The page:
Full Bodied Whites | Semillon & Chardonnay

Semillon. 

~57,000 acres worldwide. If you haven’t tried a Semillon and you like the other full-bodied whites, you may want to find a bottle of this sometime soon. While more expensive per bottle compared to other whites (usually between $25-$30) it can be aged for ~10 years depending on style. This varietal can also produce a sweet, dessert-style wine – a good example being Sauternes from Bordeaux. I suggest getting a bottle of Semillon from Washington State to start to understand the United States style before trying to the authentic French style. You will get notes of lime and apple in a light-bodied style. A warmer climate will give you a much richer wine with tropical fruit notes like papaya. Regardless of climate, don’t be surprised if you come across notes of sea salt and beeswax.

Full-Bodied White | Chardonnay

Where to Buy. This is a two pronged approach, region, and style. I recommend same $ same style but one bottle from OR and the other from CA, the first being much brighter lighter melon like flavors while the latter is more tropical and heavier in general. Then look at 100%, 50%, 0% oak for style. 

What to Pair. I don’t like dessert wines with dessert—to sweet. I have found some chardonnays to balance well with vanilla cake/cheesecake. More traditional, chicken with spring greens, or even a creamy soup heavier on vegetables can be good.  Mushrooms for me always calls for Chardonnay.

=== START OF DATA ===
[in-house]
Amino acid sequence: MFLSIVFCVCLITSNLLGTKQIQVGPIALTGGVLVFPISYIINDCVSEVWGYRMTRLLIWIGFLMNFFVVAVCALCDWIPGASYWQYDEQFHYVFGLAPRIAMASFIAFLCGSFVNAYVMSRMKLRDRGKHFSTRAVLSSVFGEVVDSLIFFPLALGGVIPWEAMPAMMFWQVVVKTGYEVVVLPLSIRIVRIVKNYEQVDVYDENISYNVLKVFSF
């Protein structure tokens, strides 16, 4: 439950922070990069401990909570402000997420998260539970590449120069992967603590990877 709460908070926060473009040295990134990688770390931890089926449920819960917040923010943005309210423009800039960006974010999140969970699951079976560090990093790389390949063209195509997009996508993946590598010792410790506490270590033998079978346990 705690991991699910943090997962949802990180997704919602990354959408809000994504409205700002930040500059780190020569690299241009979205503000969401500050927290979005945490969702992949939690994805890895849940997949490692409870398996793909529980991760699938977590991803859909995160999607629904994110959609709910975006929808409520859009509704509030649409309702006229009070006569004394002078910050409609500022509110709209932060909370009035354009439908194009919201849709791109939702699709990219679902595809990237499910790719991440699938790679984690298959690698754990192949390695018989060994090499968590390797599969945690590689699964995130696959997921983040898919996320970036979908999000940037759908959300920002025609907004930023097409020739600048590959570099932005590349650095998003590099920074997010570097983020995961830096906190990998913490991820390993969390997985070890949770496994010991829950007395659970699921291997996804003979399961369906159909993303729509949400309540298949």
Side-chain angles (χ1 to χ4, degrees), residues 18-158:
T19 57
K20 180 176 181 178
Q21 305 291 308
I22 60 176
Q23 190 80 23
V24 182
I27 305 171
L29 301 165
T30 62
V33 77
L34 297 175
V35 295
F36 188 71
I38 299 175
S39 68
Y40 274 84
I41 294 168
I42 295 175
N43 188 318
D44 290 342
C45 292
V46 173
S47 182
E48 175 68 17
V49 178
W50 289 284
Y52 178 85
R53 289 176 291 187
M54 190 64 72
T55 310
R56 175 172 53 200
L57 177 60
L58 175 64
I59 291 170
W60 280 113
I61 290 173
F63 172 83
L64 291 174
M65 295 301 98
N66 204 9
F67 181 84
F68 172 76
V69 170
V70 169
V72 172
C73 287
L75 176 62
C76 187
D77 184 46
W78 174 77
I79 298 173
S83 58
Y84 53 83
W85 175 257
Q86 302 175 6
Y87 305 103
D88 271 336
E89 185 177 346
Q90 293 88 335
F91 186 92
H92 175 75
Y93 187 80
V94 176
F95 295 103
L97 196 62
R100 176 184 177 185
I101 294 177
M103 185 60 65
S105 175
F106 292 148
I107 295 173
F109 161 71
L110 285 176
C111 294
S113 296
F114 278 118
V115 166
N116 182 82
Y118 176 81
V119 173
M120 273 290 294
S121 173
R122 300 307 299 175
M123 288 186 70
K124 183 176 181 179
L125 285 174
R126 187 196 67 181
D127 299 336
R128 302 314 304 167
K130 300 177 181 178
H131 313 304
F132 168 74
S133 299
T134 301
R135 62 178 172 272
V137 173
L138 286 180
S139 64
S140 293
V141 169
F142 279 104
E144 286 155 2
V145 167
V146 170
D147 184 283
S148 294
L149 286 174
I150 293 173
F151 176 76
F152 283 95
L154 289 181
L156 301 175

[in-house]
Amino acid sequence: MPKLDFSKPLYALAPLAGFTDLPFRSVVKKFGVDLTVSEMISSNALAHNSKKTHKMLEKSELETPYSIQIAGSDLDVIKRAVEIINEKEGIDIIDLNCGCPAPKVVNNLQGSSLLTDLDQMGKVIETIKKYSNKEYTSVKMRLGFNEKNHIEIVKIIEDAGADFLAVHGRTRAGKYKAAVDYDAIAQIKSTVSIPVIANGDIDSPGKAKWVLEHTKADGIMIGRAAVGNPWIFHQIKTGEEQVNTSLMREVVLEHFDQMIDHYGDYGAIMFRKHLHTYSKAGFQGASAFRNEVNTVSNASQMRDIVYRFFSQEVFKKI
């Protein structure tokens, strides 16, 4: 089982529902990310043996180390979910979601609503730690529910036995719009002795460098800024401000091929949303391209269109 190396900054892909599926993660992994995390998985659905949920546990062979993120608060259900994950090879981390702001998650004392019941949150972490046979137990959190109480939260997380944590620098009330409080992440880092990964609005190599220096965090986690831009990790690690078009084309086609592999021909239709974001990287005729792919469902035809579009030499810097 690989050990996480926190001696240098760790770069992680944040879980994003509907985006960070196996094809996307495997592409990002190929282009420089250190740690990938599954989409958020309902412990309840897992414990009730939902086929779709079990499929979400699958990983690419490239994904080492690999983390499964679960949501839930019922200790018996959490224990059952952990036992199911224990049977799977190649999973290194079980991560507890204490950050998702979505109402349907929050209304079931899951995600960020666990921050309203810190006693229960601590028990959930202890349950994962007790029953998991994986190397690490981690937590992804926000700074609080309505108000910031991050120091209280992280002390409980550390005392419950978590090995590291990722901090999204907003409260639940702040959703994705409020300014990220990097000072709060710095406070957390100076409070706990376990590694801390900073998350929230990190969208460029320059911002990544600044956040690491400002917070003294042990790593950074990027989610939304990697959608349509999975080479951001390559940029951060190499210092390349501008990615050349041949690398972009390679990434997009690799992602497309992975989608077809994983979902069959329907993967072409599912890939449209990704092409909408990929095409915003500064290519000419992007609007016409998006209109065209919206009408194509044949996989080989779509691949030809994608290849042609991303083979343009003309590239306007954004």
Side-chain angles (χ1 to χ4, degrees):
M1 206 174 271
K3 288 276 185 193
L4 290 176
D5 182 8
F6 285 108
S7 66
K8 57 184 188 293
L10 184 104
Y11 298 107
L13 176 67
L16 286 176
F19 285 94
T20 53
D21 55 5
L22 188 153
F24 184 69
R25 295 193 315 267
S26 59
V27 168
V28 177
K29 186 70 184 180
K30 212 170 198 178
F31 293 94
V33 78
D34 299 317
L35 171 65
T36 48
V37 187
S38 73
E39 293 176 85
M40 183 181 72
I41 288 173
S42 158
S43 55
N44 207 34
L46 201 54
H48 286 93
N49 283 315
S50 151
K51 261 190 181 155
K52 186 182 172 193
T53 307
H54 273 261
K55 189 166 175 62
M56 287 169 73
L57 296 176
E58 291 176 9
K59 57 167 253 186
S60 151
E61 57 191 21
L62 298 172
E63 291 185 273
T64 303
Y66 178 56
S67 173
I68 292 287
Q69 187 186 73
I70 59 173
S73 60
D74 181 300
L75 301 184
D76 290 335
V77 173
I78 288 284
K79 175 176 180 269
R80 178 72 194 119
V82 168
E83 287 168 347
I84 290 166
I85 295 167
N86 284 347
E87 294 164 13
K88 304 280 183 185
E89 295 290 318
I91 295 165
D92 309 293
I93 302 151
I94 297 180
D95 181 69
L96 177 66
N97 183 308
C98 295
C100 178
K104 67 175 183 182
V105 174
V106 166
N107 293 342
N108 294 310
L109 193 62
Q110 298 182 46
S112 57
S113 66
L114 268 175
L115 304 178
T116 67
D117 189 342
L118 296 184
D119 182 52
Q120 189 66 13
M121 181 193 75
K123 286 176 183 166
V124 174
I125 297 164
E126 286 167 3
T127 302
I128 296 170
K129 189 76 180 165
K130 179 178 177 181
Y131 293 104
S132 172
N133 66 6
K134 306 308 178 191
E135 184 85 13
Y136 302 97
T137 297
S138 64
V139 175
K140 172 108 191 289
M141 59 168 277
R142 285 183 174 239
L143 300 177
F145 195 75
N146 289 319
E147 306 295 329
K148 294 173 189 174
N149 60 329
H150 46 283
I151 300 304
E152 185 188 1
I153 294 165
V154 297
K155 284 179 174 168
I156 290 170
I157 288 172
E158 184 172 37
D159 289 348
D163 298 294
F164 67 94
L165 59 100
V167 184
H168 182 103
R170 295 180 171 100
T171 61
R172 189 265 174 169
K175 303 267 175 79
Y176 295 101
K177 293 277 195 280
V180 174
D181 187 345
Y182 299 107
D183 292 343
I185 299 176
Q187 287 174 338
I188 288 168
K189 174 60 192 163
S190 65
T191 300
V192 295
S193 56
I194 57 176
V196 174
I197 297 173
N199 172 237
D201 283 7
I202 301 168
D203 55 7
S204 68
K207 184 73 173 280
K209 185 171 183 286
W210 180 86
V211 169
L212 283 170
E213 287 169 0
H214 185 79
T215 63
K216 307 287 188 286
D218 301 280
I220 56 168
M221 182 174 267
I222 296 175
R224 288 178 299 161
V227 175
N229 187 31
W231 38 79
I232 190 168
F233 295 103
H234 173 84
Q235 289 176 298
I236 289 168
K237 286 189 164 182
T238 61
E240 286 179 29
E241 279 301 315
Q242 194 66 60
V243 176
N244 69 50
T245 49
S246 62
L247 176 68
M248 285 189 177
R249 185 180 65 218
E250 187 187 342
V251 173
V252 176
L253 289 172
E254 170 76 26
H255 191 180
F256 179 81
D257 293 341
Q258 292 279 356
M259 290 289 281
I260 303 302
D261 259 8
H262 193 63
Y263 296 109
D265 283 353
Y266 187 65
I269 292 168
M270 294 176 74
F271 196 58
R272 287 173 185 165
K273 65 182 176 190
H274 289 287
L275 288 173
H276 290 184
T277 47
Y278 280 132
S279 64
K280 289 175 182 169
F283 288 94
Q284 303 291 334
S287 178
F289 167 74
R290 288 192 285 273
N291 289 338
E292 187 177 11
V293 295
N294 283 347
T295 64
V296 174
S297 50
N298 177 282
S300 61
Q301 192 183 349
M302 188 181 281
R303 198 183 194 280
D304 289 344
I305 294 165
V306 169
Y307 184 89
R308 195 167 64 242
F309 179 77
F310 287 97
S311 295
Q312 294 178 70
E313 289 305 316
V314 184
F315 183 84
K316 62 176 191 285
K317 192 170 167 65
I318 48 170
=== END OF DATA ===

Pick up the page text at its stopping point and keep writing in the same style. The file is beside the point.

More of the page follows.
Summary. The most planted white grape in the world sports a creamy full bodied profile.  Do not expect much if any herbal notes like the Sauv. Blanc, but do expect a large portion of styles having a strong oak presence even though the trend is moving to less oak and more time in stainless steel.

When to Drink. If you are going after the floral and bright citrus flavors, you should drink the bottle ~1 year.  Want to let the body truly show with the often present secondary flavors like butter or tropical notes like mango, you can hold off for a year or two.  Standard bottle no more than 5 years.

How to Serve. Chilled for stainless steel aged but don’t be afraid to increase the temperature for a oak heavy creamy chard. You may even notice that the aromas being more present and built up in the glass.  A good talking point is the style or % oak as it is often the largest winemaking factor in the wine.

Who to Drink. Anyone who hasn’t tried all styles or regions. Can be $-$$, with an entry level bottle (oaked) starting @ $16, artisan quality @ $20.  Stainless steel bottles will be less, new French oak is expensive.  Don’t like Sauv. Blanc? This is the next wine to try in the spectrum of things body and acid.

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